# Polynomials #

The Geometry Library provides comprehensive support for Polynomials. This includes polynomials of different degrees, from linear to quartic, as well as a general polynomial implementation using the Durand-Kerner method for degrees of 5 or higher.

## Usage #

### Linear #

Linear polynomials are of the form ax + b = 0.

``````Linear linear = Linear.num(a: 2, b: -3);
print(linear.roots()); // Output: [1.5]
``````

Quadratic polynomials are of the form ax² + bx + c = 0.

``````Quadratic quad = Quadratic.num(a: 2, b: -3, c: -2);
``````

### Cubic #

Cubic polynomials are of the form ax³ + bx² + cx + d = 0.

``````Cubic cubic = Cubic.num(a: -1, b: 1, c: 1, d: 2);
print(cubic.roots()); // Output: [-1.0, -1.0, 2.0]
``````

### Quartic #

Quartic polynomials are of the form ax⁴ + bx³ + cx² + dx + e = 0.

``````Quartic quartic = Quartic.num(a: -1, b: -8, c: 0, d: 0, e: -1);
print(quartic.roots()); // Output: [1.0, -1.0, -1.0, -1.0]
``````

### Durand-Kerner #

This is a general polynomial implementation that uses the Durand-Kerner method to find the roots of a polynomial with a degree of 5 or higher.

``````DurandKerner dk = DurandKerner.num([1, 5, 1, 4, 0, 3, 2]);
print(dk.degree); // 6
print(dk); // x⁶ + 5x⁵ + x⁴ + 4x³ + 3x + 2
print(dk.roots());
// [-0.34289017575006814 + 0.9530107213799093i, -0.34289017581899034 - 0.9530107213040406i, 0.5696766117867249 + 0.6923844884012686i, -4.9651242864231895, 0.5696766117855657 - 0.6923844884824355i, -0.4884485856011231]
``````

Each of these polynomials can be differentiated, integrated, simplified, and evaluated.

``````Polynomial poly = Polynomial.fromList([3, -6, 12]);
print(poly); // 3x² - 6x + 12
print(poly.simplify()); // x² - 2x + 4
print(poly.roots()); // [1 + 1.7320508075688774i, 1 - 1.7320508075688774i]
print(poly.differentiate()); // 6x - 6
print(poly.integrate()); // x³ - 3x² + 12x
print(poly.evaluate(2)); // 12.0
``````
``````Polynomial p = Polynomial.fromString("x^5 - x^4 - x + 1");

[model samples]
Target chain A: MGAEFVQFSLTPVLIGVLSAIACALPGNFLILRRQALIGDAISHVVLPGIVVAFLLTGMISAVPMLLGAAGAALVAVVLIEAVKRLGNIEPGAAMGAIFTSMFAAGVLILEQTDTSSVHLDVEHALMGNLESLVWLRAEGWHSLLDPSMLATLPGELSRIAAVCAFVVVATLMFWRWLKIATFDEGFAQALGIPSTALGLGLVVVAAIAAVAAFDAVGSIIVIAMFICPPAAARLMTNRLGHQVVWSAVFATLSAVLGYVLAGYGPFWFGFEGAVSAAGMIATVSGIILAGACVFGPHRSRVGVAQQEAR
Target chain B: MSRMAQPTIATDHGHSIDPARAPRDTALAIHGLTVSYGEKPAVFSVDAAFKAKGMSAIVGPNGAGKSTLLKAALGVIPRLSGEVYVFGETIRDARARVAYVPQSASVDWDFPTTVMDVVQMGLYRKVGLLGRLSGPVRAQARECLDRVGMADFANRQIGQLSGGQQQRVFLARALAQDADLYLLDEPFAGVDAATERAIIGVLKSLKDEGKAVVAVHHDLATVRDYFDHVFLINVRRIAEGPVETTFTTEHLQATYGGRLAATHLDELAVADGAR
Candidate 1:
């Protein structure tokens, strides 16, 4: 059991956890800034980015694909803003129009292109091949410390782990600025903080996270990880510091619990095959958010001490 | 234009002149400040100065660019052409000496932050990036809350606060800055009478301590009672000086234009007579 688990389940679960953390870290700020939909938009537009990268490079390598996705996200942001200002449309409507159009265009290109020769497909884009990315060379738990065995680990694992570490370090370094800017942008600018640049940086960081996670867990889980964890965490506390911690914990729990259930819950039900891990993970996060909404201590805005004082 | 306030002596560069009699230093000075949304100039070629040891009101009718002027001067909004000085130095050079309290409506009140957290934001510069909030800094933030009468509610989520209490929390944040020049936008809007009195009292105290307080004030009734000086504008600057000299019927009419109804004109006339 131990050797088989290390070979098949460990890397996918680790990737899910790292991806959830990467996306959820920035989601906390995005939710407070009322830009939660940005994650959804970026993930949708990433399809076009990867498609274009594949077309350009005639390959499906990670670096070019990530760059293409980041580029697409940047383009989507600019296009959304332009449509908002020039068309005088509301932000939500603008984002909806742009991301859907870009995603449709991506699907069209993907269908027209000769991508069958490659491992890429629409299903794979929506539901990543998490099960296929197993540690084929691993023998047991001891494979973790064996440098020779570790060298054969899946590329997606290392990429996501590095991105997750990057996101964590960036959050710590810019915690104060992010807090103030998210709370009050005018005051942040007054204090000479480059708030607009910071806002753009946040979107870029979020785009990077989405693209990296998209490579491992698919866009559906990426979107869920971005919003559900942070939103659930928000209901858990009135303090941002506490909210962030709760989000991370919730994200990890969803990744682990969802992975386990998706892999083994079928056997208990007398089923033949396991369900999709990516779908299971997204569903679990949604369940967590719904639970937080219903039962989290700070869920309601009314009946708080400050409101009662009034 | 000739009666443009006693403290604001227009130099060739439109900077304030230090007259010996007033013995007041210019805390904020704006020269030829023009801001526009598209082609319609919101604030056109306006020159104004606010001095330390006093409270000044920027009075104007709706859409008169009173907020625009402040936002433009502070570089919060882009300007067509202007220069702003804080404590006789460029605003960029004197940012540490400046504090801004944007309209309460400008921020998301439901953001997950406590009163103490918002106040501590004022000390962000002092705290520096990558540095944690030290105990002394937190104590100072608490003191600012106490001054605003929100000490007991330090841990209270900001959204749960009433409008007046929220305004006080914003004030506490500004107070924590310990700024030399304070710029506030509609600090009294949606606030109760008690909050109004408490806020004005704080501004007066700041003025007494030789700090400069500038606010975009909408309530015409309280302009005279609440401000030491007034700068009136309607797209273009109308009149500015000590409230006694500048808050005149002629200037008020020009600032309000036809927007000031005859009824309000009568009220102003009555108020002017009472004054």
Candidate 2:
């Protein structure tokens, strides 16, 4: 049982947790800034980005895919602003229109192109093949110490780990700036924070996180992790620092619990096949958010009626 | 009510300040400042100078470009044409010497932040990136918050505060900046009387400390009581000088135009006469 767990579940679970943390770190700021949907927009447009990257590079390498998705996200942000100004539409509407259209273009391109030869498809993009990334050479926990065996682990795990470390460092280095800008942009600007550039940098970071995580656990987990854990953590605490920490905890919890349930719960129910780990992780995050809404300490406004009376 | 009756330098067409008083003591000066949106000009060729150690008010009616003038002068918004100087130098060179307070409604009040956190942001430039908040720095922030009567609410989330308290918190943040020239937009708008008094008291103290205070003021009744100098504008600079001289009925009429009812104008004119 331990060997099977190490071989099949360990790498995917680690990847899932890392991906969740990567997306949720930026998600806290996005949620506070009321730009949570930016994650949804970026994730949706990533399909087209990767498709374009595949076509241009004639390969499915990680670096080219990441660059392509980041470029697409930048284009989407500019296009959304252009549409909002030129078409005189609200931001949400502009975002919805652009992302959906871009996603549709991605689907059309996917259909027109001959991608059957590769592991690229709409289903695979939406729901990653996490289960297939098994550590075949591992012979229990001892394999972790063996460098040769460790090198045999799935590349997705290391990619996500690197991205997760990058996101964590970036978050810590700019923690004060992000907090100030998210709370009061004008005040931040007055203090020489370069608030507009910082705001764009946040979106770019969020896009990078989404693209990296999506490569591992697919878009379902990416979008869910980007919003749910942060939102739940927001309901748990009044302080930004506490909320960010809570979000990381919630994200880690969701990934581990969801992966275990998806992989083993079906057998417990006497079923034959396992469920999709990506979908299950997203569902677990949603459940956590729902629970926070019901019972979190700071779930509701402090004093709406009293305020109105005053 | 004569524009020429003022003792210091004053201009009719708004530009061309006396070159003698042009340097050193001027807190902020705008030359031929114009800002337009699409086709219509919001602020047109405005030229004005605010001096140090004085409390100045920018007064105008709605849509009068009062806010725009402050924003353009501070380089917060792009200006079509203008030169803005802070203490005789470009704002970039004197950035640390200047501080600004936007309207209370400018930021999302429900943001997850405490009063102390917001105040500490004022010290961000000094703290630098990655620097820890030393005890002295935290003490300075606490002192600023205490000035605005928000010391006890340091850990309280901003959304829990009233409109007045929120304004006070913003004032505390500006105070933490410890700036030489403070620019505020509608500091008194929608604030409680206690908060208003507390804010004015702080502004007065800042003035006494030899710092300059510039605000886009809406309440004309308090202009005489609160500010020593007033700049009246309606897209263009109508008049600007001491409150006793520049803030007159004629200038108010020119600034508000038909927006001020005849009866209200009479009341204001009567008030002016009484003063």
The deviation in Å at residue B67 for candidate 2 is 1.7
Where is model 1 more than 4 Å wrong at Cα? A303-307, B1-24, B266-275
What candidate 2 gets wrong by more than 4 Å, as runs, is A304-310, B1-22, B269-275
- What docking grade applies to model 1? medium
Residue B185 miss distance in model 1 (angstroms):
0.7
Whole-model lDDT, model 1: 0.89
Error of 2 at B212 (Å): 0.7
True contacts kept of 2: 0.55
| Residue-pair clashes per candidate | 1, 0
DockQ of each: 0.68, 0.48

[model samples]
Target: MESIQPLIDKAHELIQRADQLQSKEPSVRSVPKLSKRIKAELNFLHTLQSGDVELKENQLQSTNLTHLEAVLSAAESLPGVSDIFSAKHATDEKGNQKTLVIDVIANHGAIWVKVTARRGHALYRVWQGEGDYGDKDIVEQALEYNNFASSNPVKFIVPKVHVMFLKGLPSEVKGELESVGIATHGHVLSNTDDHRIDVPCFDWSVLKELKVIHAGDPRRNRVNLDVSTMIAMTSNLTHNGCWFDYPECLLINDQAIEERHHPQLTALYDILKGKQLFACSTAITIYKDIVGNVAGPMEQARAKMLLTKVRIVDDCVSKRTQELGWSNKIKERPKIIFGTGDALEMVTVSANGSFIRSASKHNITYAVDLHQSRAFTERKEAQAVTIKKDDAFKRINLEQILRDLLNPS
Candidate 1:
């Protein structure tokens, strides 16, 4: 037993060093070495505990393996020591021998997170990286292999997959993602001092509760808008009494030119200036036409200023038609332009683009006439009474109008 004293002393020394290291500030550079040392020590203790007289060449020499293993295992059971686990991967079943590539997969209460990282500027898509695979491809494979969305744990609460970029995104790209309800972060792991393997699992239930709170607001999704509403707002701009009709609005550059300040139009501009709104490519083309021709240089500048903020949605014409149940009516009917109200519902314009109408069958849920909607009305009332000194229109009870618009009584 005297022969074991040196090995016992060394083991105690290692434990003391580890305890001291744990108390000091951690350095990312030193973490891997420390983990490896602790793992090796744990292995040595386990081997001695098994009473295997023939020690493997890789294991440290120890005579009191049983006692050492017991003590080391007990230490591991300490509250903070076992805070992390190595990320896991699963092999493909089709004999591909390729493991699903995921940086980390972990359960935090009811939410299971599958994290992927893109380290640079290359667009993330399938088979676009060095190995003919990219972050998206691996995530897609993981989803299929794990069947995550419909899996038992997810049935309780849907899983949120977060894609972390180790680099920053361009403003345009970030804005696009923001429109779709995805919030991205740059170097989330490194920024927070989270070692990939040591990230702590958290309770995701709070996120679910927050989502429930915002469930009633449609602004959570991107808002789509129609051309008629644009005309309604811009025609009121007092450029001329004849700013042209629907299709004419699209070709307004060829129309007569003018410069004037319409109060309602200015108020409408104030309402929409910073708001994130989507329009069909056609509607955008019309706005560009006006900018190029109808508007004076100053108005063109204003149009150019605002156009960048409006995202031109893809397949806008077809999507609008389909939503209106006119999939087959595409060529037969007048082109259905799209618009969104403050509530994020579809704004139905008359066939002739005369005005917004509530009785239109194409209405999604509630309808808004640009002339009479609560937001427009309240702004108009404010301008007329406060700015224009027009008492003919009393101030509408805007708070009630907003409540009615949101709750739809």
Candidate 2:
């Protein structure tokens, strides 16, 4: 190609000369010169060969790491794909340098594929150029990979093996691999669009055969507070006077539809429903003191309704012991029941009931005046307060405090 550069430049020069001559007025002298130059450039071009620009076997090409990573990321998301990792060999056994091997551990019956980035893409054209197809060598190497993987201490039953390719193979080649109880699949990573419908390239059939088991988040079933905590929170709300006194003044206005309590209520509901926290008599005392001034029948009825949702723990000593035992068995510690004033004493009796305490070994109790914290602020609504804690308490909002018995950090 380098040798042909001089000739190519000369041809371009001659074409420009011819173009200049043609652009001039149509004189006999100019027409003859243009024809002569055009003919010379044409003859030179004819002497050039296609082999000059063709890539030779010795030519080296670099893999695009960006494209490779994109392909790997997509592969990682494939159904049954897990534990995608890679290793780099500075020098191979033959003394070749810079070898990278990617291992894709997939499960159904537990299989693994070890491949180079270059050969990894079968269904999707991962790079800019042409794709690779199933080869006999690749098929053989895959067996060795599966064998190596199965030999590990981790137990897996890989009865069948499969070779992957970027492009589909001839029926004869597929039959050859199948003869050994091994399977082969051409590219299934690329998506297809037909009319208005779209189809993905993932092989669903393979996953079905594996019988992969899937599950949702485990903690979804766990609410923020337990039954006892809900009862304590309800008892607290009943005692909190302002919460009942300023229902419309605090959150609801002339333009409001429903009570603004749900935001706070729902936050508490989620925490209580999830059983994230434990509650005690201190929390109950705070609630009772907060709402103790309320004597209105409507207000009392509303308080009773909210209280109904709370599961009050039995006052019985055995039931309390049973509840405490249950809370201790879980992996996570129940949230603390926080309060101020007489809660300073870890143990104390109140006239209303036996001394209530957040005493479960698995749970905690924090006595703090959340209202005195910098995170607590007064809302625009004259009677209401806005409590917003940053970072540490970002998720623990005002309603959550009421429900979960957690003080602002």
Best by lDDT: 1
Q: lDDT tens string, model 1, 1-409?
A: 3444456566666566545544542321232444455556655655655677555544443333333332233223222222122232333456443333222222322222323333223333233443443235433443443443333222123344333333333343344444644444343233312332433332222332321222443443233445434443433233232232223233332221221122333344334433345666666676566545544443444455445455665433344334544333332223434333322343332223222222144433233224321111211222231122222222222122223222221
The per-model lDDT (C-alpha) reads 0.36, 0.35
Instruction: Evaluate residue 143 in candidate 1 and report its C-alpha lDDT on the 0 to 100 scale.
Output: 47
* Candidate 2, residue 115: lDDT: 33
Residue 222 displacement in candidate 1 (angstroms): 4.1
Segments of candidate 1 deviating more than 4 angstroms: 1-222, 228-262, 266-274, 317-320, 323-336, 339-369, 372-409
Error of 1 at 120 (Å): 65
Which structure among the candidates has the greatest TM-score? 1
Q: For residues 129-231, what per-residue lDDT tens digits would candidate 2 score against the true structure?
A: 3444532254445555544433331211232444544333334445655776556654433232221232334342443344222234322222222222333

print(p.coefficients); // [1.0, -1.0, 0, 0, -1.0, 1.0]
print(p); // x⁵ - x⁴ - x + 1.0
print(p.evaluate(Complex(-19 / 8, 7.119033245839726e-16))); // -104.00619506835938
print(p.roots());
// [2.481185557213347e-11 - 0.9999999999737949i, -1.0000000000550548 + 3.5929979905099436e-11i, 1.0000004031257346 + 2.7703711854406305e-7i, 5.095265802549413e-11 + 1.0000000000706935i, 1.0000004031257346 + 2.7703711854406305e-7i]
print('');
``````
ROMAN NUMERALS

# Roman Numerals #

A Dart class designed to provide efficient conversions between Roman numerals and integers. This class also supports arithmetic operations directly on Roman numeral representations.

## Features #

• Convert integers to Roman numerals and vice versa.
• Supports numbers up to 3,999 using standard Roman numerals.
• Supports numbers above 3,999 using parentheses notation.
• Provides arithmetic operations on Roman numerals.
• Caches recent conversions for performance.

## Usage #

### Instantiation #

``````RomanNumerals romanFive = RomanNumerals(5);
print(romanFive) // V
print(RomanNumerals(69)); // LXIX
print(RomanNumerals(8785)); // (VIII)DCCLXXXV
``````

### Conversion from Roman to Integer #

``````RomanNumerals romanYear = RomanNumerals.fromRoman("MMXXIII");
print(romanYear.value);  // Outputs: 2023
print(RomanNumerals.fromRoman('(VIII)DCCLXXXV').value); // 8785
``````

### Arithmetic Operations #

``````RomanNumerals a = RomanNumerals.fromRoman('MMXXIII'); // 2023
RomanNumerals b = RomanNumerals.fromRoman('X'); // 10

print(a + b); // MMXXXIII
print(a - b); // MMXIII
print(a * b); // (XX)CCXXX
print(a / b); // CCII
print(a % b); // III

print(RomanNumerals.fromRoman('MXXII') - RomanNumerals.fromRoman('LXX') - RomanNumerals.fromRoman('LII')); // CM